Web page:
After a stint in Crete, my great grandfather arrived in America with his family as a boy, where he became Mitchel Copulus (you can imagine how happy my Grandmother was to give up her maiden name, which to her ears sometimes sounded a little too much like the word copulate).  Mitchel came of age in Chicago, where he spent his days learning how to make candy and playing pool — lots of pool. 

His brother Constantine (though everyone called him Gus) actually went on to have a pretty successful professional career with the game, having pioneered a few shooting techniques and supposedly beating the then world champion one night in an unofficial game. It was during one of these nights in Chicago pool halls that Al Capone supposedly borrowed five bucks from Mitchel. Though it’s fair to say nearly anyone of interest at that time in Chicago certainly had a good Al Capone story — or at least were smart enough to come up with one.   

Though I cannot confirm his dealings with Capone, one part of this Greek legend I can be sure of is that if it weren’t for Mitchel, one of the most famous sitcom stars in US history would never have happened. For a long time, Mitchel dated who would later become the mother of Lucille Ball, star of the hit show I Love Lucy.  Though Mitchel is not Lucy’s father, he did financially support her mother for a solid stretch of time until they eventually broke up.  My grandma even recalls a very pleasant visit to Los Angeles in the 1940s where she met Lucy right when her career was really taking off.  Apparently, she was a very kind, gracious, and thankful person.  Mitchel truly did support her mother a great deal. That is until fate had other things in mind for the man.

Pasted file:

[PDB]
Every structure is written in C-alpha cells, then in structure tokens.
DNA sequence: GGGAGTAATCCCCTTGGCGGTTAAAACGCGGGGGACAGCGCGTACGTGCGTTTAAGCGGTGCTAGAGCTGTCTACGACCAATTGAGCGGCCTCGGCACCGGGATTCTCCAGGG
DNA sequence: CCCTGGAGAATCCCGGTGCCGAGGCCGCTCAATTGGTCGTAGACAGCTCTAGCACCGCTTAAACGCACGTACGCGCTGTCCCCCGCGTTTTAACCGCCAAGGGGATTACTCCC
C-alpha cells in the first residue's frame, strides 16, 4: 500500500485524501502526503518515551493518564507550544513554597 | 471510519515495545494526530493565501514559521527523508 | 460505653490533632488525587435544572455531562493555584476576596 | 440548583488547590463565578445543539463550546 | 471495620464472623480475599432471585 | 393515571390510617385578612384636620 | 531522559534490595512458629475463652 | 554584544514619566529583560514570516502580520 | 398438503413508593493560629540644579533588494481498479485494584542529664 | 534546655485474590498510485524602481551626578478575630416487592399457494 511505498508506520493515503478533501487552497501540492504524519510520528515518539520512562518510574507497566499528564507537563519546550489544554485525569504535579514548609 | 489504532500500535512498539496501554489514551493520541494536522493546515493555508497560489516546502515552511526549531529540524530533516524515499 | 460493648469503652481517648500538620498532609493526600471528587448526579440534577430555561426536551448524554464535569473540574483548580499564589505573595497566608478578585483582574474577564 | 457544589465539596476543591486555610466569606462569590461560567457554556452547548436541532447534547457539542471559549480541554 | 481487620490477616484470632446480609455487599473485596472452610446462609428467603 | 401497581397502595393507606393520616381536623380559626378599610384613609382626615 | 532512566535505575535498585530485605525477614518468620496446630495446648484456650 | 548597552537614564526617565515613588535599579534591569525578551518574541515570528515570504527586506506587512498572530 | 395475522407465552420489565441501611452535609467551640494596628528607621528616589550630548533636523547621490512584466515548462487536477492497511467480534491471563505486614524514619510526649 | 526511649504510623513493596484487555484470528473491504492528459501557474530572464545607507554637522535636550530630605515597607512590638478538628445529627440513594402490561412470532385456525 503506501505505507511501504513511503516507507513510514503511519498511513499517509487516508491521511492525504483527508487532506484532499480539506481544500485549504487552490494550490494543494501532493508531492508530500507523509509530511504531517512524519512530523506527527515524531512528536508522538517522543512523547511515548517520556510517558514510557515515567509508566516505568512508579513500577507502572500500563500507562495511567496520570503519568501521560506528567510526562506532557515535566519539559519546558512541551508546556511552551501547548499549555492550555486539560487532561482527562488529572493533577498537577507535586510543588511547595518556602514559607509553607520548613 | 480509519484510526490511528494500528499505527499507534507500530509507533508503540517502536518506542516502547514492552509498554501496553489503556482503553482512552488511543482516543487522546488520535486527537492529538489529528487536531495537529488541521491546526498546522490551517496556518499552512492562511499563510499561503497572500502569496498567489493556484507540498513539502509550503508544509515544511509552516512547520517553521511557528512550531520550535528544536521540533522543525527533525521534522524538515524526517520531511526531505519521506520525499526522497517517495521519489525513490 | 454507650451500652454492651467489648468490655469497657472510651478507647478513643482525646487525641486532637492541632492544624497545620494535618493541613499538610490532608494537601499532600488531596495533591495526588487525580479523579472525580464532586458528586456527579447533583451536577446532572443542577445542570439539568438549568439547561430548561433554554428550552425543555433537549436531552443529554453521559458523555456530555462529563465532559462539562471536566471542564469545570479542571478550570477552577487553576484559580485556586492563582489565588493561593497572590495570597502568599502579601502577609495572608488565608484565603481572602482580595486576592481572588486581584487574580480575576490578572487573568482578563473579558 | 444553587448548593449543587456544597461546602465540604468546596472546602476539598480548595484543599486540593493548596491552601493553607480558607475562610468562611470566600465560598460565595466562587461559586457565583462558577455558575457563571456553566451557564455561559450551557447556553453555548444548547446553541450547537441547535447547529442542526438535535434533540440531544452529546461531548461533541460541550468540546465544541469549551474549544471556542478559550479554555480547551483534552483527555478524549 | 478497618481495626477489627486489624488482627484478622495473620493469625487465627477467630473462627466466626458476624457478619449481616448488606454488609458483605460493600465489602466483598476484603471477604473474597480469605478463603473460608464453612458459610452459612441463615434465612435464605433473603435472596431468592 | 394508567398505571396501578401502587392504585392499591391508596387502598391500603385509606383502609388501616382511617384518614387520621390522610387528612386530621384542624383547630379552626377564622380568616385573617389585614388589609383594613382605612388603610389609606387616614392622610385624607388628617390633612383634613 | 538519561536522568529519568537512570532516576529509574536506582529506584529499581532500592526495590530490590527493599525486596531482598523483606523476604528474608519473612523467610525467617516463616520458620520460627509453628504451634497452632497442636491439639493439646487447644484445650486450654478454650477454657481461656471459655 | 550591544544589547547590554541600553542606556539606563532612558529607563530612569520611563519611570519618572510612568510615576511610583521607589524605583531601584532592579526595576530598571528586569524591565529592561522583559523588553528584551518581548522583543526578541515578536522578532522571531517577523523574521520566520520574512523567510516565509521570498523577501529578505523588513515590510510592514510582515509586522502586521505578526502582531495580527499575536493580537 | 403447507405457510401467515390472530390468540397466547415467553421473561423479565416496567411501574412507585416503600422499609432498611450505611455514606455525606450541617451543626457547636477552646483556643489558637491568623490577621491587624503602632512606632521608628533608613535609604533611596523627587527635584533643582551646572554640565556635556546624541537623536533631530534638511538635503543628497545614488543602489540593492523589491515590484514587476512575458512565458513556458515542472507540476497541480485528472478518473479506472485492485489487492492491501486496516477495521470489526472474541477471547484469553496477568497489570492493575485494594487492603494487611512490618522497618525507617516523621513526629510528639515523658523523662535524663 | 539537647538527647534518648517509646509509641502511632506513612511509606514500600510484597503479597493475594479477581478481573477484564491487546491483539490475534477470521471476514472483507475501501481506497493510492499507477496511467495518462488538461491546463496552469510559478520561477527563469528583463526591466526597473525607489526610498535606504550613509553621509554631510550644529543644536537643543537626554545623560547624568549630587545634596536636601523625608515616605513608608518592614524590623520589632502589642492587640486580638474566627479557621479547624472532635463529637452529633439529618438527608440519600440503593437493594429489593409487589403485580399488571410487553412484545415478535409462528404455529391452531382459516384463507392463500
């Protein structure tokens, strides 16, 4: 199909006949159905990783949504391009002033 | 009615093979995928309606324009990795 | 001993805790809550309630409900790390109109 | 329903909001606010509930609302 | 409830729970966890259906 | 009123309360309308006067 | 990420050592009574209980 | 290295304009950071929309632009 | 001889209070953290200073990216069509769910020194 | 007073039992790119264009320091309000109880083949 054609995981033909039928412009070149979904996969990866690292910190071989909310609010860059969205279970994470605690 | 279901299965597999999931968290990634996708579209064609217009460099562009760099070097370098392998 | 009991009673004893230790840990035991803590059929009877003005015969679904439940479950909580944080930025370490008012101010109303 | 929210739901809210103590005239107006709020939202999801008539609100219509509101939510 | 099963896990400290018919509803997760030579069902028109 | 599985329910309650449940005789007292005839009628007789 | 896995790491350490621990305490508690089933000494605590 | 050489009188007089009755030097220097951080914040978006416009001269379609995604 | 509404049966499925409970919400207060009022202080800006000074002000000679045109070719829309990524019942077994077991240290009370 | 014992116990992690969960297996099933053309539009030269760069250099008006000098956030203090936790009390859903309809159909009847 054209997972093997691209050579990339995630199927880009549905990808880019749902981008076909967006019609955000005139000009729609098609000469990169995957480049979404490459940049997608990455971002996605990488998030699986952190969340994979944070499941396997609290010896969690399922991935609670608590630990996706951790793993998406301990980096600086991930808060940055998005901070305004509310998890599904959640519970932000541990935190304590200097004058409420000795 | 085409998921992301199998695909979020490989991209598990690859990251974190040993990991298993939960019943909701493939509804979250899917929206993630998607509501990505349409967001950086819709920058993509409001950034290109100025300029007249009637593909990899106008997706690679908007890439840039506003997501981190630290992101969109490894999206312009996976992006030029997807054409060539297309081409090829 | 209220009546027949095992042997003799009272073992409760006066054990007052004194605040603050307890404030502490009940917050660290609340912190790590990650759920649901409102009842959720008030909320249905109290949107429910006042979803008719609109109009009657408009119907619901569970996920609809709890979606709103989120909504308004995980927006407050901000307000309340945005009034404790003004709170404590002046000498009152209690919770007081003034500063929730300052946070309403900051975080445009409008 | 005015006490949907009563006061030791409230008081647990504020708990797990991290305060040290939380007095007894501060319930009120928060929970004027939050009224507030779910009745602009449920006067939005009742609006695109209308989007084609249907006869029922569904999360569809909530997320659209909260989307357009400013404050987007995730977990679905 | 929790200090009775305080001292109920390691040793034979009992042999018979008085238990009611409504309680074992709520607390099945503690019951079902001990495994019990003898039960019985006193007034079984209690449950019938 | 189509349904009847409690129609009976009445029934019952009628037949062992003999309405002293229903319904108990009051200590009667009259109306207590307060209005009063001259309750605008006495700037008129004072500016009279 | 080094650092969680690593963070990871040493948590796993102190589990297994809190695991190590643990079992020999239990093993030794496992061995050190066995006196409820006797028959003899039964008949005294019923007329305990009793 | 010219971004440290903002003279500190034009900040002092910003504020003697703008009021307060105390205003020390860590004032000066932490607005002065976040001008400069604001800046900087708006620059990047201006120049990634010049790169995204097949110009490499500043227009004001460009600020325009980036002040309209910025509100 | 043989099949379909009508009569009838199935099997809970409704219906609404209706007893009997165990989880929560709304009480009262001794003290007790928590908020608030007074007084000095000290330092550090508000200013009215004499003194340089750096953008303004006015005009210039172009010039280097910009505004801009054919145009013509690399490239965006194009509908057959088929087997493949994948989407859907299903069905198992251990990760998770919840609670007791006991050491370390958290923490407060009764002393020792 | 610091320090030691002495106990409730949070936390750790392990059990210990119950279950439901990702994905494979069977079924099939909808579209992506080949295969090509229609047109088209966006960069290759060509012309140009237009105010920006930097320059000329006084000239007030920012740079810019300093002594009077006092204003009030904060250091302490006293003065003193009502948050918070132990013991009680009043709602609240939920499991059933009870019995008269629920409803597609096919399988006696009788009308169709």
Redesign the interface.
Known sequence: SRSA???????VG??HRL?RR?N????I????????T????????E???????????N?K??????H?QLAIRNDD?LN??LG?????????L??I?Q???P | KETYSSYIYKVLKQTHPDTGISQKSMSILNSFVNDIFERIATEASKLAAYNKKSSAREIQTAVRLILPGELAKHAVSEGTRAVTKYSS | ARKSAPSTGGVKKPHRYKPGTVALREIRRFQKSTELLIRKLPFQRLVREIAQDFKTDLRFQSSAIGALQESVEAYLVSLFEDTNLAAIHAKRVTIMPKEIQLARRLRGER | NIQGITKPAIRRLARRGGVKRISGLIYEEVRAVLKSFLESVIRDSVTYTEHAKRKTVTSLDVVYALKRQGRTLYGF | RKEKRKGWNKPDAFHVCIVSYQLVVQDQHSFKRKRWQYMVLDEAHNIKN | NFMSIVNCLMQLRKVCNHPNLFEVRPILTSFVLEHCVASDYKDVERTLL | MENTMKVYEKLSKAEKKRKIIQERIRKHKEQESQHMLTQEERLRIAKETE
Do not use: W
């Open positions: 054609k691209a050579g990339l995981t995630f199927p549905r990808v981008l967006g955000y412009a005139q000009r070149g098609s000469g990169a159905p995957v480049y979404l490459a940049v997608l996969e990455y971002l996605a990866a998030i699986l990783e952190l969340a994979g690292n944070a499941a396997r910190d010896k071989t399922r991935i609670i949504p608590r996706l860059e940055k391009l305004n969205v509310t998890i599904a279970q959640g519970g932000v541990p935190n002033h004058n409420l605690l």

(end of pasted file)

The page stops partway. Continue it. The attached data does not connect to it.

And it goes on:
As is the case with all Spartan legends, sooner or later there is a battlefield. My great-grandfather entered the “Hot Gates” so to speak, as a US army soldier during the First World War.  Under circumstances that I am not totally sure of, he filled the spot of someone who had been drafted in exchange for US citizenship, assuming he safely returned. Supposedly, Mitchel felt fit to the task. I’m told that he was absurdly strong, having once won a bet that he could walk up several flights of stairs on nothing but his hands.